Onely - February 2, 2010

Lauri, don’t give up on Meetup.com. Have you tried the language groups? I love those.
CC

3. Nicole - January 30, 2010

I guess I have set up friends before, but that was with the idea that each party had expressed interest in, as you say, the same things, or said they wanted to date. I’m not sure if I’m more enlightened now, but I can’t imagine approaching someone at my work with a line like “You’re single, right?” Just seems wrong to me, and it seems as though your response is completely valid to me!

4. Lauri - January 30, 2010

I kind of wish someone would try to matchmake for me, because I barely have any friends in town and going on a date kills time. But I do hate how people just try to set up the only two single people they know rather for any practical reason.

Onely - February 1, 2010

HA — “going on a date kills time” — that is so funny, because I just enjoyed a VERY boring/uneventful weekend but was incredibly productive, and I thought to myself, “I bet having a date or two would make my life more dramatic.”

Not more fun, just more dramatic. Something to think about besides my boring life!

– Lisa

5. Simone Grant - February 6, 2010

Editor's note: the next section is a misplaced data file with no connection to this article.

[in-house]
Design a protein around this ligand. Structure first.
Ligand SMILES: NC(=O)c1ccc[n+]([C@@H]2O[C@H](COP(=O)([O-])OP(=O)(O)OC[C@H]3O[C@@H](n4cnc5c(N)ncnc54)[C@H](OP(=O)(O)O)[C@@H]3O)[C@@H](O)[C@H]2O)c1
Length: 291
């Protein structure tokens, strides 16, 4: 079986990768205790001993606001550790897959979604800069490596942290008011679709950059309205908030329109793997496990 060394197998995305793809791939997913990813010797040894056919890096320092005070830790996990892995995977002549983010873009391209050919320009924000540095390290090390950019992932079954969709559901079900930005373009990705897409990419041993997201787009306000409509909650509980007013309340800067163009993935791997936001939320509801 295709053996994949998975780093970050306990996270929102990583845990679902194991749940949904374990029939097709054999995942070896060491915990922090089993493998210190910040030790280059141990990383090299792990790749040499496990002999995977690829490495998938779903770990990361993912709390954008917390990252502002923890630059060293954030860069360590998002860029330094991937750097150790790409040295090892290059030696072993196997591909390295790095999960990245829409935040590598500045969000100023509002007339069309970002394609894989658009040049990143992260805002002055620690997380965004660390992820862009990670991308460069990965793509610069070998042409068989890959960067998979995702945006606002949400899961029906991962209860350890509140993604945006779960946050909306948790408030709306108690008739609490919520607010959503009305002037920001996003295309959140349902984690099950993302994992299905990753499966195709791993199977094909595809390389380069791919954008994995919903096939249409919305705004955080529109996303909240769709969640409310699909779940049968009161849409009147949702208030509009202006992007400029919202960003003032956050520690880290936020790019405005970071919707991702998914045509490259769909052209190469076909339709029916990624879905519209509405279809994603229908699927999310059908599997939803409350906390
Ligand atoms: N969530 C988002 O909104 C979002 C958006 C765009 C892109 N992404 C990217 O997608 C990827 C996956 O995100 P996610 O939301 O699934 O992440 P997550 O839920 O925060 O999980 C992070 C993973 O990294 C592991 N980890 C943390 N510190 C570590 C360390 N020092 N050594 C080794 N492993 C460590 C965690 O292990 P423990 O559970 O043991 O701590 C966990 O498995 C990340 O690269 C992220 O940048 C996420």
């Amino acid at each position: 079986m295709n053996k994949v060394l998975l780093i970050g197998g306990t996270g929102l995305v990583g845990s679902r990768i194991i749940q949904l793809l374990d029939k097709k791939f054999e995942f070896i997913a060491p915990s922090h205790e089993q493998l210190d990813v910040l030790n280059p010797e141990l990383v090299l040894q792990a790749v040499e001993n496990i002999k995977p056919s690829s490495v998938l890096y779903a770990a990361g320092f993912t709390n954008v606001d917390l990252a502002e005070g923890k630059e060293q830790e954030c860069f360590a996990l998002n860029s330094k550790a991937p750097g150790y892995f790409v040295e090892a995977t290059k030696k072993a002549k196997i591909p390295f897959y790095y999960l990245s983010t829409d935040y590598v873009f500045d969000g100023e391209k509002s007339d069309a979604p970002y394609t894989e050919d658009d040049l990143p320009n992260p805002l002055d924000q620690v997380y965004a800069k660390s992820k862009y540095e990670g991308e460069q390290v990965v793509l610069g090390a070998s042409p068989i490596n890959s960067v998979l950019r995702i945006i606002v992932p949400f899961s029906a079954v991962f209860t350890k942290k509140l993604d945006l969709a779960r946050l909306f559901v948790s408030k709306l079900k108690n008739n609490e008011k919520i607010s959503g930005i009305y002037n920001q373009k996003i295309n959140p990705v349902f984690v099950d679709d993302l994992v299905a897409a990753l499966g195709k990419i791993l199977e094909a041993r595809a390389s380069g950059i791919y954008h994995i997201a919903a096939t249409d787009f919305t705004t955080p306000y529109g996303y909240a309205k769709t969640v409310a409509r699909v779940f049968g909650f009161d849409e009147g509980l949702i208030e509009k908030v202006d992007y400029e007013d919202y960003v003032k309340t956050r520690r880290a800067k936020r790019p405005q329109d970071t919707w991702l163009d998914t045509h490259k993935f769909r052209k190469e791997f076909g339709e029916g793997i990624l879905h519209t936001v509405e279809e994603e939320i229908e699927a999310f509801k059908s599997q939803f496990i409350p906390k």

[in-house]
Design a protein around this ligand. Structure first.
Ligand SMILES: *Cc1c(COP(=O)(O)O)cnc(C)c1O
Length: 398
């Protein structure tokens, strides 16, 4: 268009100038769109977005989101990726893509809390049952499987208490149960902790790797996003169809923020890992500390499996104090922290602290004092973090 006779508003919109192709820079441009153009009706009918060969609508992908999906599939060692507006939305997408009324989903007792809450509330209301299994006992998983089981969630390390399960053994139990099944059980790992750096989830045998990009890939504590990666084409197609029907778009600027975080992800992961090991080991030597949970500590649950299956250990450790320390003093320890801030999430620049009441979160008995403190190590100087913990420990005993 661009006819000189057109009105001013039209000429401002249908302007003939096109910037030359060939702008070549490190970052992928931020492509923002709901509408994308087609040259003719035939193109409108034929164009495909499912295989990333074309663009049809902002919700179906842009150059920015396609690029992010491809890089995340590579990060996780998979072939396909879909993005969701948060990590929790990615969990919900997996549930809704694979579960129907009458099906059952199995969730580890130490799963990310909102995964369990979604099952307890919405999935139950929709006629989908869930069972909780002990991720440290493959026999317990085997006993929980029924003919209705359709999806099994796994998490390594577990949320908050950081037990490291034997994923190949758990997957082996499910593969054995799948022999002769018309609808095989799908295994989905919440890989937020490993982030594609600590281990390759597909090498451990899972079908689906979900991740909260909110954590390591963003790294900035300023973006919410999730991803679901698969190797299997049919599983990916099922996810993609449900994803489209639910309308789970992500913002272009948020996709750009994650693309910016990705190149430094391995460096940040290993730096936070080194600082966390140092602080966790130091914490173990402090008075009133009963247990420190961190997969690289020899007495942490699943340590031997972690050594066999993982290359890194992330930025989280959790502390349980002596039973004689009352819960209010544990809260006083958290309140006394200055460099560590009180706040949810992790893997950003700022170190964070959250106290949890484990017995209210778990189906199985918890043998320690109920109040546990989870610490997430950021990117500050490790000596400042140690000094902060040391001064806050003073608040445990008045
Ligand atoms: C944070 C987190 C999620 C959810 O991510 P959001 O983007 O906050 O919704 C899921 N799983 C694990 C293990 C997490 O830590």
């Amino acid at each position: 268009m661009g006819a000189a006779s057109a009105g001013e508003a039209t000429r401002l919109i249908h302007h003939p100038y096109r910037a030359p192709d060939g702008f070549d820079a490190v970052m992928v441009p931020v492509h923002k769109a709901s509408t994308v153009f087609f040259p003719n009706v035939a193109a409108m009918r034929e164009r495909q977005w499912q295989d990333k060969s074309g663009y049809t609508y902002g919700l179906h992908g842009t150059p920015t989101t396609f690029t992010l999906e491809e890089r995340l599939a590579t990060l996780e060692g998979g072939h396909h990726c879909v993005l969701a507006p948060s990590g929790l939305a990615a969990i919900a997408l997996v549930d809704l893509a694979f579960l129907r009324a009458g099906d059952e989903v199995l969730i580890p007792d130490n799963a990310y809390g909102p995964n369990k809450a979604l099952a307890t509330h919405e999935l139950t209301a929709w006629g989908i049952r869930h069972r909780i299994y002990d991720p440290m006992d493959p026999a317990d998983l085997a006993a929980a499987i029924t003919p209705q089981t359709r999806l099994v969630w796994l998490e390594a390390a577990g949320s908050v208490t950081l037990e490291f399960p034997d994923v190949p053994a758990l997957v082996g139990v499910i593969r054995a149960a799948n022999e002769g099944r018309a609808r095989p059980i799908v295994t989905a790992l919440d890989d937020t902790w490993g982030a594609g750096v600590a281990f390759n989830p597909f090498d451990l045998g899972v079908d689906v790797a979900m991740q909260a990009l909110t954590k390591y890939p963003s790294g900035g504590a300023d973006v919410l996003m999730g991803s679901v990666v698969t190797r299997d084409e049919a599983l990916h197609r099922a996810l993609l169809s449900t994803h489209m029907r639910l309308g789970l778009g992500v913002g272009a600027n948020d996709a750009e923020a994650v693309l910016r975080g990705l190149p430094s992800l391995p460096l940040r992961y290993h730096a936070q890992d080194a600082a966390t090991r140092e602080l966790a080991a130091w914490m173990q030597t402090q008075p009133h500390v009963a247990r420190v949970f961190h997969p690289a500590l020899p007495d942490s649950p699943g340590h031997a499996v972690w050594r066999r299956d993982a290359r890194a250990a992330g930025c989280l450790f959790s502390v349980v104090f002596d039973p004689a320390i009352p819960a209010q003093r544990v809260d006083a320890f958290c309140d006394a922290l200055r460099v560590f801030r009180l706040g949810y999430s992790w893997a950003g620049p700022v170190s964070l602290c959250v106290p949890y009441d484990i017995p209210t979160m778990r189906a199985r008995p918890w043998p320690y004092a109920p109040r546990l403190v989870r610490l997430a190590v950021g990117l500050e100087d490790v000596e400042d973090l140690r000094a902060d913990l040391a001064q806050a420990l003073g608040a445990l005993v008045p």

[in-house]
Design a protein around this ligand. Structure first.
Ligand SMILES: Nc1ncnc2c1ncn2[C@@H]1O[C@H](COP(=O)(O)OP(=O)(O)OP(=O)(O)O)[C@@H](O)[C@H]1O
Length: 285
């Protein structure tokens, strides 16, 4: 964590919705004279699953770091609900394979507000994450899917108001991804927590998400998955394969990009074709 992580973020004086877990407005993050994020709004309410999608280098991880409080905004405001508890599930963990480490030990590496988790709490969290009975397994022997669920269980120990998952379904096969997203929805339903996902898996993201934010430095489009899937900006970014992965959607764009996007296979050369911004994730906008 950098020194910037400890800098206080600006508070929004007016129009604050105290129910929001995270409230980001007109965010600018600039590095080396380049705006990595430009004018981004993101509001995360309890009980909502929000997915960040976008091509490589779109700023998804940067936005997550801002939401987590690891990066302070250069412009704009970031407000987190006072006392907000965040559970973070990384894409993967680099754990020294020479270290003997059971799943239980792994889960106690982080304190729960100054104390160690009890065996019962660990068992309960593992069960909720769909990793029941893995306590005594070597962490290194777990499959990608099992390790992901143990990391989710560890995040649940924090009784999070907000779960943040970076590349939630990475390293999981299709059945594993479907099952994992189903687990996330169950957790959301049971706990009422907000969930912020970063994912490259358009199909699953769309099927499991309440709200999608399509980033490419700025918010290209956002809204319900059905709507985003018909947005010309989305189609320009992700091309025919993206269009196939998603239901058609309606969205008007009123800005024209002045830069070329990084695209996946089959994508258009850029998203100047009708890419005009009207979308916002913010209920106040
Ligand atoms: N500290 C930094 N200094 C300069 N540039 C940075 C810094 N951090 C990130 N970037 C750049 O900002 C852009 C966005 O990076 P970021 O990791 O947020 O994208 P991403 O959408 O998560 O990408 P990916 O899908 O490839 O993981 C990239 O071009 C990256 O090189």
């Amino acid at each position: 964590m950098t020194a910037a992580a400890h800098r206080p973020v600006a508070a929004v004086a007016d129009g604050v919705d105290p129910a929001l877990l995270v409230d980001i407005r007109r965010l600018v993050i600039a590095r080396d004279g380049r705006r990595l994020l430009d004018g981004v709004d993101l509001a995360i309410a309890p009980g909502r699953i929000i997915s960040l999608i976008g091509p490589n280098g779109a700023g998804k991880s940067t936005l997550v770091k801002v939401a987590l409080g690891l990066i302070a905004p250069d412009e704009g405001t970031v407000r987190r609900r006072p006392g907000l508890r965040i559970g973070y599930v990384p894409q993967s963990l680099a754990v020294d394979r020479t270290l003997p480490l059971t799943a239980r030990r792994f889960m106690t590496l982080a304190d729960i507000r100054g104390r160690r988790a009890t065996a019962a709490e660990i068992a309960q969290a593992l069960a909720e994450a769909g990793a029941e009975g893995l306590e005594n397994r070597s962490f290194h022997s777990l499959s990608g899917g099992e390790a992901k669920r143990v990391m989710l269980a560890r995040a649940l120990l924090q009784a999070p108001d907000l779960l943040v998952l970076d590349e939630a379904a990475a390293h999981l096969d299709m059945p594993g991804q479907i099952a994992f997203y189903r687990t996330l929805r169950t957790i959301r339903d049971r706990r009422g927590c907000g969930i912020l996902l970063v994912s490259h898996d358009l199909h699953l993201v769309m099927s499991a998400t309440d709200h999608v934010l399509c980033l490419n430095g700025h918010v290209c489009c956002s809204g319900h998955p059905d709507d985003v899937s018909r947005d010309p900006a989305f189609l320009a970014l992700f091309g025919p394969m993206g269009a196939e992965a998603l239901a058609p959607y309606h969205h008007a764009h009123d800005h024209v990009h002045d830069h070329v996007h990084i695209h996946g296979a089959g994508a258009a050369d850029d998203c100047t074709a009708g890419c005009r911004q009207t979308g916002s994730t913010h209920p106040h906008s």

You started the post with a few questions – Why do people try to matchmake? Is there a proper way to matchmake? What are matchmaking faux pas?

Rachel touched upon the answer to the first one. Being a part of a couple is the norm for adults in our society. So those of us who are single (even happily so) are living outside the norm. People, even well -meaning people, see us as defective in some way.

The proper way for him to do it would have been to ask if you had any interest, not to pester you and belittle your responses.

The third answer is pretty obvious, as he was Mr. Faux Pas.

I’m sorry you had to deal with that. It sounds dreadful.

Onely - February 6, 2010

Thanks Simone–it wasn’t too bad really. He’s a nice guy and just following the conventional (albeit annoying) social smalltalk of our day (sigh). Oddly, the very next day another coworker made a similar comment to me and my single coworker: “How come all the most beautiful women are single?” (He was not flirting–just being exuberant. He is happily married.) I was about to explain that It’s Not A Disease etc etc, but then my coworker sighed and expressed regret about her status, and I lost my chance to lecture as the conversation turned. I hope this doesn’t become a trend. CC

6. OMG, I’m One of THEM. « Onely: Single and Happy - February 6, 2010

[...] my poor matchmaking coworkers, who don’t have kittens to help them ride out the Stormageddon. I will try to comfort and [...]